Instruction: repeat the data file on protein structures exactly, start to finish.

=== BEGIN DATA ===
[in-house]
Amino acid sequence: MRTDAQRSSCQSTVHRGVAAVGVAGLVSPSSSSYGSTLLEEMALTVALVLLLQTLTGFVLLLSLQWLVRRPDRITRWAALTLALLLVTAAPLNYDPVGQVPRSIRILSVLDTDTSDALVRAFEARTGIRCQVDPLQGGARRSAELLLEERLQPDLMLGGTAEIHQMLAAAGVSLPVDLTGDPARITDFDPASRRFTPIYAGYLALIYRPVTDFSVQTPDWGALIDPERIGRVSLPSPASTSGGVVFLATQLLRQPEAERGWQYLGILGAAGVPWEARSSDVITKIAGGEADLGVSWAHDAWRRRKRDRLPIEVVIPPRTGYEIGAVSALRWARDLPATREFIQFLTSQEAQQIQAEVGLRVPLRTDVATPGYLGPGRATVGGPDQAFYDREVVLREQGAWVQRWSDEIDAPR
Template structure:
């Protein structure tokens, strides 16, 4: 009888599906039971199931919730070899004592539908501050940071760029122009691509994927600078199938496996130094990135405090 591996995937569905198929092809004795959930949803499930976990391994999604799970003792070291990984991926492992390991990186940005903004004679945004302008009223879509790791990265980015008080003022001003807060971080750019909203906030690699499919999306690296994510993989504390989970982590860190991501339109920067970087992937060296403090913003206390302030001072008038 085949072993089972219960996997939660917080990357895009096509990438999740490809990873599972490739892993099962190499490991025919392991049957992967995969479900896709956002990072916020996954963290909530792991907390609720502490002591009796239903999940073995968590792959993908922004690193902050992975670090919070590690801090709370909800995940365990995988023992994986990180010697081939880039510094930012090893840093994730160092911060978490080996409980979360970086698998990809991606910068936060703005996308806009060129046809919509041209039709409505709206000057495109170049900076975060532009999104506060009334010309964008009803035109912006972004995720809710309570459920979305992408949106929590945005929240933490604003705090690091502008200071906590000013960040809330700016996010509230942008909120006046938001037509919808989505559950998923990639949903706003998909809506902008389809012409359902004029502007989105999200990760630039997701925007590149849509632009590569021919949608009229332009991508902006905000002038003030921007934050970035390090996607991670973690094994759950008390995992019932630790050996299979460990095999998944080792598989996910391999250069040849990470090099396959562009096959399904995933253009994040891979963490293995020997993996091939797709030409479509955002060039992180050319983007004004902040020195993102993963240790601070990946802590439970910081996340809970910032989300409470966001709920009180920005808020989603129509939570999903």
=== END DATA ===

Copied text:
[in-house]
Amino acid sequence: MRTDAQRSSCQSTVHRGVAAVGVAGLVSPSSSSYGSTLLEEMALTVALVLLLQTLTGFVLLLSLQWLVRRPDRITRWAALTLALLLVTAAPLNYDPVGQVPRSIRILSVLDTDTSDALVRAFEARTGIRCQVDPLQGGARRSAELLLEERLQPDLMLGGTAEIHQMLAAAGVSLPVDLTGDPARITDFDPASRRFTPIYAGYLALIYRPVTDFSVQTPDWGALIDPERIGRVSLPSPASTSGGVVFLATQLLRQPEAERGWQYLGILGAAGVPWEARSSDVITKIAGGEADLGVSWAHDAWRRRKRDRLPIEVVIPPRTGYEIGAVSALRWARDLPATREFIQFLTSQEAQQIQAEVGLRVPLRTDVATPGYLGPGRATVGGPDQAFYDREVVLREQGAWVQRWSDEIDAPR
Template structure:
């Protein structure tokens, strides 16, 4: 009888599906039971199931919730070899004592539908501050940071760029122009691509994927600078199938496996130094990135405090 591996995937569905198929092809004795959930949803499930976990391994999604799970003792070291990984991926492992390991990186940005903004004679945004302008009223879509790791990265980015008080003022001003807060971080750019909203906030690699499919999306690296994510993989504390989970982590860190991501339109920067970087992937060296403090913003206390302030001072008038 085949072993089972219960996997939660917080990357895009096509990438999740490809990873599972490739892993099962190499490991025919392991049957992967995969479900896709956002990072916020996954963290909530792991907390609720502490002591009796239903999940073995968590792959993908922004690193902050992975670090919070590690801090709370909800995940365990995988023992994986990180010697081939880039510094930012090893840093994730160092911060978490080996409980979360970086698998990809991606910068936060703005996308806009060129046809919509041209039709409505709206000057495109170049900076975060532009999104506060009334010309964008009803035109912006972004995720809710309570459920979305992408949106929590945005929240933490604003705090690091502008200071906590000013960040809330700016996010509230942008909120006046938001037509919808989505559950998923990639949903706003998909809506902008389809012409359902004029502007989105999200990760630039997701925007590149849509632009590569021919949608009229332009991508902006905000002038003030921007934050970035390090996607991670973690094994759950008390995992019932630790050996299979460990095999998944080792598989996910391999250069040849990470090099396959562009096959399904995933253009994040891979963490293995020997993996091939797709030409479509955002060039992180050319983007004004902040020195993102993963240790601070990946802590439970910081996340809970910032989300409470966001709920009180920005808020989603129509939570999903």